Had it for 18 months whilst attending uni. I was in a agony, medication wouldn’t touch it without morphine. It just magically disappeared although it does twinge every so often

    Healing vibes bro

    I had it for about two weeks. It wasnt much fun, struggled to get dressed in the morning.

    I think mine started after I stepped off a pavement awkwardly whilst jogging to the Co-op.

    I did some stretches, carried on riding my bike and it just dissapeared.

    I think I lowered my saddle 10mm or so aswell, this seemed to help it.

    scu98rkr
    Member

    My go !

    I reckon its sacro illiac joint dysfunction.

    This one helped me -> SELF-TRACTION SUPINE

    Corrective Exercises

    look at SELF-TRACTION SUPINE on the link

    PS it takes along time to do it right honestly it took me about six months. You would benefit from doing some situps first and stretching the backs and particularly the front of your legs.

    You honestly need to put alot of traction in your while keeping your core tight.

    When you do it right you will literally hear a pop and it might be quite painful for a few minutes. Round your sacroiliac joint and down your sciatic nerve (if this is the problem not something else).

    Then you will notice less sciatic pain over the next 24 hours.

    Mine seems to go out of line when I shoot playing foot if I didnt play footy though I would never have the problem.

    scu98rkr
    Member

    Oh you will only hear the crack if your SI ligaments are strong, mine are strong I have no ligament problems. But I still somehow put it out of kilter playing footy. Because the ligaments are strong it then gets stuck which means it need alot of force to get it back again.

    blacks
    Member

    Try stretching the piriformis muscle

    Also do core exercises
    as you may have a lower back problem

    DrP
    Member

    MSP – I agree MRI is the gold standard investigation, and that you weren’t managed appropriately (from what you say).

    From GP notebook:

    Sciatica should be investigated if:

    there are red flag symptoms that suggest a serious aetiology including:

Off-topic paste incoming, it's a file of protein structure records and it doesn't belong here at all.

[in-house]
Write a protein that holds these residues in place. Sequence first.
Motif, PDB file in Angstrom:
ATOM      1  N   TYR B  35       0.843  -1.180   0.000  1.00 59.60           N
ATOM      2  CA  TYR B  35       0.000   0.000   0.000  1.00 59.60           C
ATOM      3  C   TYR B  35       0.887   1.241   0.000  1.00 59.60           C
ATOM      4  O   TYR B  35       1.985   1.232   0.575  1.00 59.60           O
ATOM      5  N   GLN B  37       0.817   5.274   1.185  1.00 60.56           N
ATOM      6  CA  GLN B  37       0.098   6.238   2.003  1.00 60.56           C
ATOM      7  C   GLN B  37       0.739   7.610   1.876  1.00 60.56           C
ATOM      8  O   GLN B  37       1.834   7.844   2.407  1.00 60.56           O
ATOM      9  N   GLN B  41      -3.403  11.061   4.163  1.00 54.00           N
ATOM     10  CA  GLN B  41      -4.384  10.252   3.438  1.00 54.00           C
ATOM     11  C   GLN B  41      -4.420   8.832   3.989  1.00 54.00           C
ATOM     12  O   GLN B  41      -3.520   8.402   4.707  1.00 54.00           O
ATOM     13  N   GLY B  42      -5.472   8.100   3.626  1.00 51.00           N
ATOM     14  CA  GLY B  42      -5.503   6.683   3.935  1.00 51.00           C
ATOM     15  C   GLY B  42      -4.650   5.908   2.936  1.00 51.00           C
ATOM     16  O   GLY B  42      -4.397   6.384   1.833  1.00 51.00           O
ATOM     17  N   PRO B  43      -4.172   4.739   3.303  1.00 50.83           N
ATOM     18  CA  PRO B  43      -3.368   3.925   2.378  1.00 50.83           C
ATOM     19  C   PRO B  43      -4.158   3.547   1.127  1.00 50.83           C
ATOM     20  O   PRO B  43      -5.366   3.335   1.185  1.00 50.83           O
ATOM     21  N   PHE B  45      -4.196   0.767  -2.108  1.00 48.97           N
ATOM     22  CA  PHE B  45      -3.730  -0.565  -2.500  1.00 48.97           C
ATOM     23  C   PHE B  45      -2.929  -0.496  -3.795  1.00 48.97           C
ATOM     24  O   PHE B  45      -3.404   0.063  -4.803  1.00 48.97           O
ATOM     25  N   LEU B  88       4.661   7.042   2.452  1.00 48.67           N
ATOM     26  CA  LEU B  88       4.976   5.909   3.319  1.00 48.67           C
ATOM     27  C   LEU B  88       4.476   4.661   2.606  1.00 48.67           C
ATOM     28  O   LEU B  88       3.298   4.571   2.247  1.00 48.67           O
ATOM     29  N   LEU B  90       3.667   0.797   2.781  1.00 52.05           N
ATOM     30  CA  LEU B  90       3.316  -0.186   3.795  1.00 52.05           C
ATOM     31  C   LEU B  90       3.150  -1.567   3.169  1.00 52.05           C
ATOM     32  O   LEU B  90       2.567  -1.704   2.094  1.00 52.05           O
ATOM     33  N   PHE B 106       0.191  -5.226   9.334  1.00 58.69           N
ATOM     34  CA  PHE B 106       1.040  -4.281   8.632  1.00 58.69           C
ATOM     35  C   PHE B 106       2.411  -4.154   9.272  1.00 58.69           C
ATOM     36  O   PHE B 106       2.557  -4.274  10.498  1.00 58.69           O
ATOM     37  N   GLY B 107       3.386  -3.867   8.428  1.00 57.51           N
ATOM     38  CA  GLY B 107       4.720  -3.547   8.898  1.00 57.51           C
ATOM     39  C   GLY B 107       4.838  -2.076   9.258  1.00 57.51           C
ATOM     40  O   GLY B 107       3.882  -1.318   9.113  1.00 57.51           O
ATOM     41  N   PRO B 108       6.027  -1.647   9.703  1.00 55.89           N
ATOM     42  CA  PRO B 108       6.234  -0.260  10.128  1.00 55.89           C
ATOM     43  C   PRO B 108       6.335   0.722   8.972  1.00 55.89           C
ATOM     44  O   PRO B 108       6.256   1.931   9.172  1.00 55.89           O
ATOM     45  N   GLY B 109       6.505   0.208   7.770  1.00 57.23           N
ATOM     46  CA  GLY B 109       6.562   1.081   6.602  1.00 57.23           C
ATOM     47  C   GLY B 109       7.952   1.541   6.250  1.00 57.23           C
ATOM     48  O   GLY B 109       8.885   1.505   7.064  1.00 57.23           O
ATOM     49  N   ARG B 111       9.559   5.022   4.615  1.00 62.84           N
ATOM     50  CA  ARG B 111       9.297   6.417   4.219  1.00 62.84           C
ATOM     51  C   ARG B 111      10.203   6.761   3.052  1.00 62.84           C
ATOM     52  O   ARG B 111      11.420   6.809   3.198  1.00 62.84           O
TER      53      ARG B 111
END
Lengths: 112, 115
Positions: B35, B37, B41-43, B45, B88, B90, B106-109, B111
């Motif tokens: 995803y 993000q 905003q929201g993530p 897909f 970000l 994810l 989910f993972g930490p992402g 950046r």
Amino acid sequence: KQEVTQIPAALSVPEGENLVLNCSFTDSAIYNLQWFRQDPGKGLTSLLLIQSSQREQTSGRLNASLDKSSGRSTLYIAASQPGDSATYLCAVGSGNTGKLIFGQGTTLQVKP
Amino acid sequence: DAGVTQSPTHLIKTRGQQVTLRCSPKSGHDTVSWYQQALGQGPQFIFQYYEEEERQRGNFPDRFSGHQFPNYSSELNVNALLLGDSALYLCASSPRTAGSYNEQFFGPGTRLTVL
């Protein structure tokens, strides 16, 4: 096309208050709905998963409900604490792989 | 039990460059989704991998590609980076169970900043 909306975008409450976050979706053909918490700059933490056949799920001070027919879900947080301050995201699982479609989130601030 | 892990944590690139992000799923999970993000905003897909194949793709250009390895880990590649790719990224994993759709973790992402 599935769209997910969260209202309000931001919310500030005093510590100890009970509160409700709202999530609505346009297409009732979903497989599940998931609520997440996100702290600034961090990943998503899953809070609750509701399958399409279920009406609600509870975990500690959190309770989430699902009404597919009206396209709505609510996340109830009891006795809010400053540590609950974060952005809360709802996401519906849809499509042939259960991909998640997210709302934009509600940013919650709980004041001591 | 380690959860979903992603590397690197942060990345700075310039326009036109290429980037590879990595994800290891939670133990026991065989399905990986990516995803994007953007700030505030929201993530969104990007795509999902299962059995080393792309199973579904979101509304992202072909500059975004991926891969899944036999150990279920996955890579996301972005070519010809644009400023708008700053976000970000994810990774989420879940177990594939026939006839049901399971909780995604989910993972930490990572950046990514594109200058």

malignancy
    infection
    the patient fails to respond after 6-8 weeks of conservative treatment (1)
    Imaging is the most important investigation:

    MRI is the investigation of choice and is most likely to reveal a prolapsed intervertebral disc
    the high dose of radiation from CT scanning measn that it cannot be justified if MRI is available
    plain X-rays are not a reliable investigation in sciatica

    The key here, however, being NOT EVERYONE needs an MRI…

    DrP

    Premier Icon wallop
    Subscriber

    I had it all last winter. I suspected a piriformis issue. Yoga sorted me out – it’s all about the stretching!

    hugor
    Member

    Agree with DrP. 90% of sciatica resolves spontaneously in 3 months.
    If it doesn’t it may need investigating.
    Early surgery does not alter long term natural history.
    Pull your wallet out and find a good private physio. Don’t waste your time and money with other shit.
    If you prefer to wait for your NHS to help you will probably be very disappointed. There are a few exceptions.
    It’s not their fault, the system is too overloaded and under-resourced to provide optimum care.

    deepo
    Member

    I’m gonna give those stretches a go, thanks

    The ONLY problem with NHS physio is the waiting list times. By the time you get to see them, your injury is chronic and therefore much more difficult to treat than if it was dealt with earlier.

    diviy
    Member

    If it lasts mor than four weeks ask for a mri. I carried on for two years suffering found out I had broken my back now got 16 bolts 3 cages 1 plate and 6 fushions seeing surgeon next week to see if I need more ops.
    cycling is the only form of excersise I can now do good luck

    anono
    Member

    i had the shooting pain (but no pins and needles) a few months ago – piriformis stretches made a massive difference within a week, then the remaining pain cleared up over a couple of months with continued but not very regular stretching.

    DrP
    Member

    Oh the irony!!
    Did some miles on the road bike this week, and am left with a painful and tight piriformis, resulting in sciatic type pain!!!!

    Agonised myself through the pain of stretches yesterday, and already it’s feeling better…. More stretches me think!

    DrP

    cupra
    Member

    I had sciatic issues, went to the GP who referred me to the physio who gave me stretches to do, did them religiously as detailed, result, **** all difference. Got 2 sessions of accupuncture for a total of £60 and that was it sorted and have had no issues in over a year.

    Will also add that from GP to physio referral and appointment was less than 2 weeks.